list is the ‘initialization list’: whenever a sub-box in the algorithm is split for the first time (either during the initialization procedure or later), for each non-fixed coordinate $i$ the split is done at the values ${\mathbf{LIST}}\left(i,1:{\mathbf{numpts}}\left[i-1\right]\right)$, as well as at some adaptively chosen intermediate points. The array sections ${\mathbf{LIST}}\left(\mathit{i},1:{\mathbf{numpts}}\left[\mathit{i}-1\right]\right)$, for $\mathit{i}=1,2,\dots ,{\mathbf{n}}$, must be in ascending order with each entry being distinct. In this context, ‘distinct’ should be taken to mean relative to the safe-range argument (see nag_real_safe_small_number (X02AMC)).
On exit: unless NE_ALLOC_FAIL, NE_INT, NE_INT_2, NE_NOT_INIT, NE_REAL or NE_REAL_2 on exit, the actual initialization data used by nag_glopt_bnd_mcs_solve (e05jbc). If you wish to monitor the contents of list you are advised to do so solely through monit, not through the output value here.
Constraint: if ${\mathbf{x}}\left[\mathit{i}-1\right]$ is not fixed, ${\mathbf{LIST}}\left(\mathit{i},1:{\mathbf{numpts}}\left[\mathit{i}-1\right]\right)$ is in ascending order with each entry being distinct, for $\mathit{i}=1,2,\dots ,{\mathbf{n}}$${\mathbf{bl}}\left[\mathit{i}-1\right]\le {\mathbf{LIST}}\left(\mathit{i},\mathit{j}\right)\le {\mathbf{bu}}\left[\mathit{i}-1\right]$, for $\mathit{i}=1,2,\dots ,{\mathbf{n}}$ and $\mathit{j}=1,2,\dots ,{\mathbf{numpts}}\left[\mathit{i}-1\right]$.
9:     numpts[n]IntegerInput/Output
On entry: this argument need not be set on entry if you wish to use one of the preset initialization methods (${\mathbf{initmethod}}\ne \mathrm{Nag_UserSet}$).
numpts encodes the number of splitting points in each non-fixed dimension.
On exit: unless NE_ALLOC_FAIL, NE_INT, NE_INT_2, NE_NOT_INIT, NE_REAL or NE_REAL_2 on exit, the actual initialization data used by nag_glopt_bnd_mcs_solve (e05jbc).
Constraints:
• if ${\mathbf{x}}\left[\mathit{i}-1\right]$ is not fixed, ${\mathbf{numpts}}\left[\mathit{i}-1\right]\le {\mathbf{sdlist}}$;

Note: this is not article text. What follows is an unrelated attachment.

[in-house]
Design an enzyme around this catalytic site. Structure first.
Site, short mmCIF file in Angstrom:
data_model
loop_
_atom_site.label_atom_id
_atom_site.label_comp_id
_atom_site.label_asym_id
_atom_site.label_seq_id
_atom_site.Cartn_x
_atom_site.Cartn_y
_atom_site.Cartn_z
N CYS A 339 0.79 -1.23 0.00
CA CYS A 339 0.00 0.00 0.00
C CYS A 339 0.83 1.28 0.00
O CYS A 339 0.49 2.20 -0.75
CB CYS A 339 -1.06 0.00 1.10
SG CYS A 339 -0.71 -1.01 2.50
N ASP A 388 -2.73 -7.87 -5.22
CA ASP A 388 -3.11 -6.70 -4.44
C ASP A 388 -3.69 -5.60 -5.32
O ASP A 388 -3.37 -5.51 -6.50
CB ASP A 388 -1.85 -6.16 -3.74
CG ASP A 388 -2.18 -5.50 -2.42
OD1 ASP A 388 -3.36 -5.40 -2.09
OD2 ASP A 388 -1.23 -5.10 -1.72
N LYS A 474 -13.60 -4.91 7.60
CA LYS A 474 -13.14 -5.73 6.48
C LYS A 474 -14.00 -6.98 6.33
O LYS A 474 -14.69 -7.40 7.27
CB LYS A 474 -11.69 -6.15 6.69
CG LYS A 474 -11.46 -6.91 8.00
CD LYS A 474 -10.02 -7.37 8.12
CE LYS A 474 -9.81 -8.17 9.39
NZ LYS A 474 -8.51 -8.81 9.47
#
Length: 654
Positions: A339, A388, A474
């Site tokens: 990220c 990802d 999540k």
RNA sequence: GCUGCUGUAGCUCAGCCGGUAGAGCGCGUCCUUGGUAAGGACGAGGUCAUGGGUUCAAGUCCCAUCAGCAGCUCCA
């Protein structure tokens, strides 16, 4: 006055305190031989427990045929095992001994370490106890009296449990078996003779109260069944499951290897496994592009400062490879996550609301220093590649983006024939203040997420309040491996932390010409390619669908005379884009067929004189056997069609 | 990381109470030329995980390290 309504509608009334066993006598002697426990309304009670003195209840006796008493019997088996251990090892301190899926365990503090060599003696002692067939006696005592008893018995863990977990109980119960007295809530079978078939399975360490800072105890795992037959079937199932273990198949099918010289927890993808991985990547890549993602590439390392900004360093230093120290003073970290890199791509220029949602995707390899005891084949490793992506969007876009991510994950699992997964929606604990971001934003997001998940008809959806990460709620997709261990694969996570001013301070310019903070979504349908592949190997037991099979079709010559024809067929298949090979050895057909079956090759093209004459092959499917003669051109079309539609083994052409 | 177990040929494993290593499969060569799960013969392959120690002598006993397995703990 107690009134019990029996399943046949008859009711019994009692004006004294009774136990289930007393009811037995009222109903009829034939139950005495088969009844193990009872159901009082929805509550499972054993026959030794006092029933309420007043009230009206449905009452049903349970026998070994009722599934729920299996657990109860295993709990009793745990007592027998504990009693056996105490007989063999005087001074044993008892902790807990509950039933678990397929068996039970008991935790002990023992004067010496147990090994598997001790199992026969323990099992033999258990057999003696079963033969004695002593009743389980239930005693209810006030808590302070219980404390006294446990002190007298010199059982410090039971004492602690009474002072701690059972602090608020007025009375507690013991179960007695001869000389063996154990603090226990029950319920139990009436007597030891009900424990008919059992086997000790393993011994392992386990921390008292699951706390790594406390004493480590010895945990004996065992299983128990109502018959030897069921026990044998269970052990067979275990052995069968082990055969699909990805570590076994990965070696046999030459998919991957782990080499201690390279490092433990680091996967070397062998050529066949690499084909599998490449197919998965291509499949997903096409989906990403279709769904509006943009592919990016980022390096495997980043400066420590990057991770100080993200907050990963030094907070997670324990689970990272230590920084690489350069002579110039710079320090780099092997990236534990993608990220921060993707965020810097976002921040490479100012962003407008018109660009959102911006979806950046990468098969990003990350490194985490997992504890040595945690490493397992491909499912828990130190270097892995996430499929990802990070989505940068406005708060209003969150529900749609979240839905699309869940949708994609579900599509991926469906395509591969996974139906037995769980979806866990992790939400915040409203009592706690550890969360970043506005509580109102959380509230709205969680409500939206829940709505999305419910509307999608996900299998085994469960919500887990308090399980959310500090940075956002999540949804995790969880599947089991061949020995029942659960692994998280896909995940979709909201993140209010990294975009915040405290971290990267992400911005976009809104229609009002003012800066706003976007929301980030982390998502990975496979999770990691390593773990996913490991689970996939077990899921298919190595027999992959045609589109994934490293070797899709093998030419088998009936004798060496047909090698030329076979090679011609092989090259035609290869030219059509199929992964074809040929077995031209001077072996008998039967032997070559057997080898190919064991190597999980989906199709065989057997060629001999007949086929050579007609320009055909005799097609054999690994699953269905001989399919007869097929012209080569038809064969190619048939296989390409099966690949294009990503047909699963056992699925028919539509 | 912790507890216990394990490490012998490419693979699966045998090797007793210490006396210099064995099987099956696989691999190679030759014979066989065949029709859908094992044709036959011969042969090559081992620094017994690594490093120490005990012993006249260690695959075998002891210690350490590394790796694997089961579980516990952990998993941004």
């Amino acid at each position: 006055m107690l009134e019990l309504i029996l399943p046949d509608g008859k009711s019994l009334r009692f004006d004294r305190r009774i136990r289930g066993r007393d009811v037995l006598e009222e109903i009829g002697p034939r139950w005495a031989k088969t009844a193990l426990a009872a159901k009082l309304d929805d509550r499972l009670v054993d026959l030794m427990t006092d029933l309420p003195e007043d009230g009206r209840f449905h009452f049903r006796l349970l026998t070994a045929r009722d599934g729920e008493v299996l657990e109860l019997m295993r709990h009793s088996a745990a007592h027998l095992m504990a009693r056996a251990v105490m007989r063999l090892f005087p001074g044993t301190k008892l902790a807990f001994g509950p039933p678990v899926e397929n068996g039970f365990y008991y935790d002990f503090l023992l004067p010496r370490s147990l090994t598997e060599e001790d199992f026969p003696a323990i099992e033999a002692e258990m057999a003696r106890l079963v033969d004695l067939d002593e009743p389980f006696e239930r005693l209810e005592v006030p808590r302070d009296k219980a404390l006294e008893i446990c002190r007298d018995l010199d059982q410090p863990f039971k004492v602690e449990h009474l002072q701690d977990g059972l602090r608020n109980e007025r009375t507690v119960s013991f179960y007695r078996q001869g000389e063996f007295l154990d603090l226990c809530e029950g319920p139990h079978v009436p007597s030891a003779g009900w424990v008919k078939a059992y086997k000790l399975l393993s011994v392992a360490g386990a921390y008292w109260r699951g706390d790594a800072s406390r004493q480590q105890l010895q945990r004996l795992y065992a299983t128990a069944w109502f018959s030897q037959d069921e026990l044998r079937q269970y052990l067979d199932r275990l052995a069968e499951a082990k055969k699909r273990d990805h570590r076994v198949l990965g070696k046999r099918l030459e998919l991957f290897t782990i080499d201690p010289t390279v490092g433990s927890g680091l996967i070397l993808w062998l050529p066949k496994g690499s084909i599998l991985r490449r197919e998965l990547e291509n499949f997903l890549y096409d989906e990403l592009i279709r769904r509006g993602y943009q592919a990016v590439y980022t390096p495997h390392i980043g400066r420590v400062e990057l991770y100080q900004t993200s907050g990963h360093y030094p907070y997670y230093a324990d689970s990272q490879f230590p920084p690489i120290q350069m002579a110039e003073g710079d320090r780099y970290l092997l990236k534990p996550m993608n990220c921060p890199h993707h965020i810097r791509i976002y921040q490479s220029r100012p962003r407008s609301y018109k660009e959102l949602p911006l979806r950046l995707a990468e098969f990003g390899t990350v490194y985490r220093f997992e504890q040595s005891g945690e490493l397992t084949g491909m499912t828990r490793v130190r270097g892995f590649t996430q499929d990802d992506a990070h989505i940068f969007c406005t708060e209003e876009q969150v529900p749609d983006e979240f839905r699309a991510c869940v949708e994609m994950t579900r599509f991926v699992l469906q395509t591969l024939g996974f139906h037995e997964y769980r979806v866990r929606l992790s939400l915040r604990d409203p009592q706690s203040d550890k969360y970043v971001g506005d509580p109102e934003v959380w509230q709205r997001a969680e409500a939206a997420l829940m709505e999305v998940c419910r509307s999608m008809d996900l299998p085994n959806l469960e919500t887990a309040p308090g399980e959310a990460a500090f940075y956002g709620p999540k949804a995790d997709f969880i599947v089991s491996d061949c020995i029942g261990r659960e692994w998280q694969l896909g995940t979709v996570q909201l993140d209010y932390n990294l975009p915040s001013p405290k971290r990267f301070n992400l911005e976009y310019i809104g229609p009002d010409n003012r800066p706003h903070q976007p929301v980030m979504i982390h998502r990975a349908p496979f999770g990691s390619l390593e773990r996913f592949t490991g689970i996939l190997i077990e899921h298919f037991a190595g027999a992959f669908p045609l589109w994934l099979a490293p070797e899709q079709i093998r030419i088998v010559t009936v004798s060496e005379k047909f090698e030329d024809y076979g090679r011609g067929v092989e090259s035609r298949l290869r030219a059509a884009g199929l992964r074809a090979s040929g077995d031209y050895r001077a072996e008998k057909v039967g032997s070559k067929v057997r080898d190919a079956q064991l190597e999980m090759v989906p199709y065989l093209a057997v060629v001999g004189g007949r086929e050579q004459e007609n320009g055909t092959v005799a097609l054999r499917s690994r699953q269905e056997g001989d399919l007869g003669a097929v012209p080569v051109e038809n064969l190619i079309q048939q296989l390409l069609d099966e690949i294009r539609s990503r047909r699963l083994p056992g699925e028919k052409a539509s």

• ${\mathbf{numpts}}\left[\mathit{i}-1\right]\ge 3$, for $\mathit{i}=1,2,\dots ,{\mathbf{n}}$.
10:   initpt[n]IntegerInput/Output
On entry: this argument need not be set on entry if you wish to use one of the preset initialization methods (${\mathbf{initmethod}}\ne \mathrm{Nag_UserSet}$).
You must designate a point stored in list that you wish nag_glopt_bnd_mcs_solve (e05jbc) to consider as an ‘initial point’ for the purposes of the splitting procedure. Call this initial point ${\mathbf{x}}^{*}$. The coordinates of ${\mathbf{x}}^{*}$ correspond to a set of indices ${J}_{\mathit{i}}$, for $\mathit{i}=1,2,\dots ,n$, such that ${\mathbf{x}}_{\mathit{i}}^{*}$ is stored in ${\mathbf{LIST}}\left(\mathit{i},{J}_{\mathit{i}}\right)$, for $\mathit{i}=1,2,\dots ,n$. You must set ${\mathbf{initpt}}\left[\mathit{i}-1\right]={J}_{\mathit{i}}$, for $\mathit{i}=1,2,\dots ,n$.
On exit: unless NE_ALLOC_FAIL, NE_INT, NE_INT_2, NE_NOT_INIT, NE_REAL or NE_REAL_2 on exit, the actual initialization data used by nag_glopt_bnd_mcs_solve (e05jbc).
Constraint: if ${\mathbf{x}}\left[\mathit{i}-1\right]$ is not fixed, $1\le {\mathbf{initpt}}\left[\mathit{i}-1\right]\le {\mathbf{sdlist}}$, for $\mathit{i}=1,2,\dots ,{\mathbf{n}}$.
11:   monitfunction, supplied by the userExternal Function
monit may be used to monitor the optimization process. It is invoked upon every successful completion of the procedure in which a sub-box is considered for splitting. It will also be called just before nag_glopt_bnd_mcs_solve (e05jbc) exits if that splitting procedure was not successful.
If no monitoring is required, monit may be specified as NULL.
The specification of monit is:
 void monit (Integer n, Integer ncall, const double xbest[], const Integer icount[], Integer ninit, const double list[], const Integer numpts[], const Integer initpt[], Integer nbaskt, const double xbaskt[], const double boxl[], const double boxu[], Integer nstate, Nag_Comm *comm, Integer *inform)
1:     nIntegerInput
On entry: $n$, the number of variables.
2:     ncallIntegerInput
On entry: the cumulative number of calls to objfun.
3:     xbest[n]const doubleInput
On entry: the current best point.
4:     icount[$6$]const IntegerInput
On entry: an array of counters.
${\mathbf{icount}}\left[0\right]$
$\mathit{nboxes}$, the current number of sub-boxes.
${\mathbf{icount}}\left[1\right]$
$\mathit{ncloc}$, the cumulative number of calls to objfun made in local searches.